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Thursday, February 25

The Weekly Shtikle - Purim / Tetzaveh

The Weekly Shtikle is dedicated le'iluy nishmas my Oma, Chaya Sara bas Zecharia Chaim, a"h.

 

This week's shtikle is dedicated for a refuah sheleimah for my father.

Please include Reuven Pinchas ben Yehudis in your tefillos.

 

As we have discussed on a number of occasions, the juxtaposition of certain parshios to certain events in the calendar is no coincidence and there is often an underlying message to be found. In almost every non-leap year, the Shabbos before Purim, Shabbas Zachor, falls out on parshas Tetzaveh. In anomalous years such as this, it falls out on Terumah, with Purim itself running right up against Tetzaveh (or on it, for Shushan Purim.) There must be a connection between these parshios and Purim.

 

As we know, HaShem's name is completely missing from the text of the megillah. But I find that in addition to that, the megillah also lacks a strong historical context. From the text itself, we know very little about the story's place in history, what preceded it, what followed it, and even some explanation of the events recounted. Who was Achashveirosh? What was his relationship with the Jews? What was his party all about? Perhaps the only inkling of historical context in the megillah is the brief biography of Mordechai, in which we are told that he was part of the final exile at the end of the first Temple. For "the rest of the story," we must turn to our sages.

 

Over the course of the megillah, we go to great lengths to demonize the evil Haman, and rightfully so. We make loud noises at the mere sound of his name and then stick in a good curse for him and his wife in the Shoshanas Yaakov song that follows the reading. But what about Achashveirosh? Where does he fit in? There's no mention of him in the song. And we certainly don't make noise for him. (Would the reading ever end if we did?) But we are told in the gemara that the Jews had already begun rebuilding the beis haMikdash. It was Achashveirosh who put an abrupt halt to the reconstruction. There was a well-known prophecy by both Yirmiyahu and Daniel that the Jews would go through 70 years of exile after which they would return to Eretz Yisrael and rebuild the beis haMikdash. Belshatzar, a previous ruler, had come to the conclusion that 70 years had passed and rejoiced that the prophecy would not come true. His calculation was erroneous and he was dead by the next morning. Achashveirosh made some adjustments to the calculation and determined that now according to his enhanced calculation, which would also prove to be erroneous, the 70 years had passed and there was no more hope for the Jews (Megillah 11b.) This was the cause for celebration. The keilim mikeilim shonim (1:7) were in fact the vessels of the beis haMikdash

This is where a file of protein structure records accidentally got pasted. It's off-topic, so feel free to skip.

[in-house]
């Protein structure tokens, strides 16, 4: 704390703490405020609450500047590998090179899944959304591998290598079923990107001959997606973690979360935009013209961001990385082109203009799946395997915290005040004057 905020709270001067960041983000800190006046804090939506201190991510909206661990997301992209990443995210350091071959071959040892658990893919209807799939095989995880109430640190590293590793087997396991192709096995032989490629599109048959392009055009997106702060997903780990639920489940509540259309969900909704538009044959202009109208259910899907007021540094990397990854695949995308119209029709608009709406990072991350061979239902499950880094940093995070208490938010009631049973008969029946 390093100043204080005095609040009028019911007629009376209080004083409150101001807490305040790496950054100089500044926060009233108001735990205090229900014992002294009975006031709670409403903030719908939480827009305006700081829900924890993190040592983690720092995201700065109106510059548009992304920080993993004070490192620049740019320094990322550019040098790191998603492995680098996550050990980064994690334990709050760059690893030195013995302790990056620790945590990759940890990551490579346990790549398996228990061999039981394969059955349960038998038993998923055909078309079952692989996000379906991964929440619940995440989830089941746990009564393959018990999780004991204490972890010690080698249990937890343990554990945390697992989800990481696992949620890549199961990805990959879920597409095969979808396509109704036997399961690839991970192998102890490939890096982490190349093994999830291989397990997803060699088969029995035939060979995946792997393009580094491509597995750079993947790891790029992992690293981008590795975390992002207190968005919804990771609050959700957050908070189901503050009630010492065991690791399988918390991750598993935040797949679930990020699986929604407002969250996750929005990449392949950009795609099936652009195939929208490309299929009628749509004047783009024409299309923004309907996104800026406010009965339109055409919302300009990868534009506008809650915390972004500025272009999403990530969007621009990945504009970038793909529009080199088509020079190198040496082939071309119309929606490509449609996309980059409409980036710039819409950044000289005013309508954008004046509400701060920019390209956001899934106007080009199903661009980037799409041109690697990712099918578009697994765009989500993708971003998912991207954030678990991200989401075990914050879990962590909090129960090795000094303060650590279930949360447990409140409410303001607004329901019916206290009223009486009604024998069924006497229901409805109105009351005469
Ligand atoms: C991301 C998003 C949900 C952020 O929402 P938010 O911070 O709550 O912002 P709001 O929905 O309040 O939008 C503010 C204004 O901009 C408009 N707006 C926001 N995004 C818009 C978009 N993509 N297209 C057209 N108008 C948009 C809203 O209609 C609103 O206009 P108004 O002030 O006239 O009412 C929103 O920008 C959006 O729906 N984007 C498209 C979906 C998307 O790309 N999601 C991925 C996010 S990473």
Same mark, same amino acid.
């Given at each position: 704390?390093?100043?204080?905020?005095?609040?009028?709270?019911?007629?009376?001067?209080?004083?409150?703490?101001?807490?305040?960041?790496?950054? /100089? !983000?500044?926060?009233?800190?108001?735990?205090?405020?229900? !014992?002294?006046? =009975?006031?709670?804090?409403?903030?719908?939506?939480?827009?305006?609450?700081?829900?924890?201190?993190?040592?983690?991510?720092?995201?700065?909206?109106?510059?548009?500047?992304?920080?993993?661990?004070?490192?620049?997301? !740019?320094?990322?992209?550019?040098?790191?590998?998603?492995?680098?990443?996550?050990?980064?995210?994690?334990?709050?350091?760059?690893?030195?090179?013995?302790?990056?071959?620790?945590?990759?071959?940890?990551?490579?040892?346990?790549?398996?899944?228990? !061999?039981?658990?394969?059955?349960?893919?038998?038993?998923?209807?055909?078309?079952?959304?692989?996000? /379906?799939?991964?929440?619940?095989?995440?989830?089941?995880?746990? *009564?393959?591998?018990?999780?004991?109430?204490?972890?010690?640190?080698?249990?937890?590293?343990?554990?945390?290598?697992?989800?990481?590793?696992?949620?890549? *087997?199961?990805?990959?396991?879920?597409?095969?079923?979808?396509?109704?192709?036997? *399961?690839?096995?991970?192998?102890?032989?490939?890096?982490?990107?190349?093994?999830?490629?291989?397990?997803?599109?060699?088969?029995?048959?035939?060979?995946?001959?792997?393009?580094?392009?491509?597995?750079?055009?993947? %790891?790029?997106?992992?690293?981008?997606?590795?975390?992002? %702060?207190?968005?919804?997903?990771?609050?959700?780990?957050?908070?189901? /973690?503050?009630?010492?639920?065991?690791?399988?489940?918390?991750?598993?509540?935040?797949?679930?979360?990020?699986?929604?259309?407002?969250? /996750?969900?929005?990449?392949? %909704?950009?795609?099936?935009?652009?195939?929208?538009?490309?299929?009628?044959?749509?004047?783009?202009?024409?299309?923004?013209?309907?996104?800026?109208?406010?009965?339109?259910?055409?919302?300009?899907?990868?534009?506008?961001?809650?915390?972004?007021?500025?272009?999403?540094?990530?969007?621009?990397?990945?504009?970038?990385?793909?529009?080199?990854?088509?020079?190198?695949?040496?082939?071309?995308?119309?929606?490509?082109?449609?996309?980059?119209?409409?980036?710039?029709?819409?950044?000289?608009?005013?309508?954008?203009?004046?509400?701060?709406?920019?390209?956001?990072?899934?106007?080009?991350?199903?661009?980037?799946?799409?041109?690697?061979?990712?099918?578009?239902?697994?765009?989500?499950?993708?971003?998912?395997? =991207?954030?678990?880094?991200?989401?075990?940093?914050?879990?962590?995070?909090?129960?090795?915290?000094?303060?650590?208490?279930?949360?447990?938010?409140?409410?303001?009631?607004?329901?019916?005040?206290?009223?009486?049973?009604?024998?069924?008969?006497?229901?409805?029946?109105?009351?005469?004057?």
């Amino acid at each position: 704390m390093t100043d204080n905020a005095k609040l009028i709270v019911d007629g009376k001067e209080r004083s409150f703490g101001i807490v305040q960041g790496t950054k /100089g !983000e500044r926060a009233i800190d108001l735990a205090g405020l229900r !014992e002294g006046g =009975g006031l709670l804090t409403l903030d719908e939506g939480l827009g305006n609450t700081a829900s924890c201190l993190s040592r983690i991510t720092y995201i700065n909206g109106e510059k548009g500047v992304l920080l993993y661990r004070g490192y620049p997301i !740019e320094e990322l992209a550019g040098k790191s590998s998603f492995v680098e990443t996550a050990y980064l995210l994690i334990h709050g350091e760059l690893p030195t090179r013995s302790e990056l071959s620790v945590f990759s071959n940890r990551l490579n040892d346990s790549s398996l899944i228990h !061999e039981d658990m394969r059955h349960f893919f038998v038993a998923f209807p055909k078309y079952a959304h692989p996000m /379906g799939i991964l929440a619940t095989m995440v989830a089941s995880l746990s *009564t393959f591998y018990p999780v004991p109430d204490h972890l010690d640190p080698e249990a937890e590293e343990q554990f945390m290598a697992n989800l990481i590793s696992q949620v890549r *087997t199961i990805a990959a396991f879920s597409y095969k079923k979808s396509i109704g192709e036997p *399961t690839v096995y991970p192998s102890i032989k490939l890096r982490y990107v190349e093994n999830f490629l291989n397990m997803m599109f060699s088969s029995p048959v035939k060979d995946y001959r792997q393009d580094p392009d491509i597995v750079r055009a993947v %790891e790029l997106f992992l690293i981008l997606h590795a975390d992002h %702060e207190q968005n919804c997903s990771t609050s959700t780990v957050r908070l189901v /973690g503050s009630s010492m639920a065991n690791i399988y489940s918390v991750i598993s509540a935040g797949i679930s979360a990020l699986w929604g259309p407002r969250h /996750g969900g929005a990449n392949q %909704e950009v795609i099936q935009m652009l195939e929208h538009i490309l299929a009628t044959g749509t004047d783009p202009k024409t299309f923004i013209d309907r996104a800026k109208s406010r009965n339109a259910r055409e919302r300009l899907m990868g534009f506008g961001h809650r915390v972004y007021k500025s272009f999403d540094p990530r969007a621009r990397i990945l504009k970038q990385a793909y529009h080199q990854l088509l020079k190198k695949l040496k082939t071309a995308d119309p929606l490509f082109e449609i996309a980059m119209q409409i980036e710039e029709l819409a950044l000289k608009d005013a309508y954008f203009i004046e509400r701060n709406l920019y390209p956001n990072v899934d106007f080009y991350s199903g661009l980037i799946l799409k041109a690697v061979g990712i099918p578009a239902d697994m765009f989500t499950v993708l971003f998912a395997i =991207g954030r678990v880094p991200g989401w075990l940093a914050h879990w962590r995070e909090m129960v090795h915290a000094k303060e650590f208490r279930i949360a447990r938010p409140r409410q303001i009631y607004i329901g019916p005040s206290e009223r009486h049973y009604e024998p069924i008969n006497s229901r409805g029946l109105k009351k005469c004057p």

It is understandable that Esther could not have written anything in the megillah itself that would shed a negative light on her husband, the king. But the midrashim make it quite clear what Achashveirosh was all about. Perhaps the juxtaposition of parshios Terumah and Tetzaveh are meant to help preserve that historical context. We spend two complete parshios detailing the beauty and the splendour of the mishkan and the men who were tasked with doing its work. That special beauty was even enhanced in the edifice constructed by Shelomoh to be the permanent dwelling place of the Holy Presence. After nearly 70 years since its destruction, we were ever so close to getting it back. The beauty and the splendour would return once again. The story of Esther chronicles the hurdles and obstacles we needed to overcome to finally reach that moment.

 

Purim samei'ach and good Shabbos!

Mishenichnas Adar marbim be'simchah

 

Please see my Purim archives for some more insightful (not inciteful) thoughts on Purim.

 

Shtikle Blog Weekly Roundup:

Dikdukian: Dikdukian Posts on Megillas Esther

Dikdukian: Ner Tamid